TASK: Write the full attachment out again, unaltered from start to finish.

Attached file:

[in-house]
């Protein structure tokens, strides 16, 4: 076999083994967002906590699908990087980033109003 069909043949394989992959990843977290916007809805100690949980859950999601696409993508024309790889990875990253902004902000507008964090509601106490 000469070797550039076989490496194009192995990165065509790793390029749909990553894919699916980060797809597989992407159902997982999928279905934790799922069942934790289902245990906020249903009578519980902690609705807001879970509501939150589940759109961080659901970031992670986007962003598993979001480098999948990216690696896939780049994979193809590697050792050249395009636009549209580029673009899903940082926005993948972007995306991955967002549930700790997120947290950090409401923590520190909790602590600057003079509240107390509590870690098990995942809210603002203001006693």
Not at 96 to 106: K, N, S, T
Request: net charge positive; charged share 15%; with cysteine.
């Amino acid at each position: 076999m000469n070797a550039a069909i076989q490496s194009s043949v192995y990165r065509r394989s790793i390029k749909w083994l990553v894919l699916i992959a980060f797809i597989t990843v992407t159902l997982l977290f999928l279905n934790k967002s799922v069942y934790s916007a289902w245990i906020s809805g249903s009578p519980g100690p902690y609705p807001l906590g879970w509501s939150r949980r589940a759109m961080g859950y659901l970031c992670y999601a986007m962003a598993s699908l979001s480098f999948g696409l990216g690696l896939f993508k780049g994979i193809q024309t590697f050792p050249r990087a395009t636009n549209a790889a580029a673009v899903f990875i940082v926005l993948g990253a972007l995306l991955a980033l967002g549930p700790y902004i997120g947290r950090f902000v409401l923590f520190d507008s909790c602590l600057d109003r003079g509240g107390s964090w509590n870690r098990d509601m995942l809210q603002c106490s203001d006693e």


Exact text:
[in-house]
């Protein structure tokens, strides 16, 4: 076999083994967002906590699908990087980033109003 069909043949394989992959990843977290916007809805100690949980859950999601696409993508024309790889990875990253902004902000507008964090509601106490 000469070797550039076989490496194009192995990165065509790793390029749909990553894919699916980060797809597989992407159902997982999928279905934790799922069942934790289902245990906020249903009578519980902690609705807001879970509501939150589940759109961080659901970031992670986007962003598993979001480098999948990216690696896939780049994979193809590697050792050249395009636009549209580029673009899903940082926005993948972007995306991955967002549930700790997120947290950090409401923590520190909790602590600057003079509240107390509590870690098990995942809210603002203001006693």
Not at 96 to 106: K, N, S, T
Request: net charge positive; charged share 15%; with cysteine.
């Amino acid at each position: 076999m000469n070797a550039a069909i076989q490496s194009s043949v192995y990165r065509r394989s790793i390029k749909w083994l990553v894919l699916i992959a980060f797809i597989t990843v992407t159902l997982l977290f999928l279905n934790k967002s799922v069942y934790s916007a289902w245990i906020s809805g249903s009578p519980g100690p902690y609705p807001l906590g879970w509501s939150r949980r589940a759109m961080g859950y659901l970031c992670y999601a986007m962003a598993s699908l979001s480098f999948g696409l990216g690696l896939f993508k780049g994979i193809q024309t590697f050792p050249r990087a395009t636009n549209a790889a580029a673009v899903f990875i940082v926005l993948g990253a972007l995306l991955a980033l967002g549930p700790y902004i997120g947290r950090f902000v409401l923590f520190d507008s909790c602590l600057d109003r003079g509240g107390s964090w509590n870690r098990d509601m995942l809210q603002c106490s203001d006693e």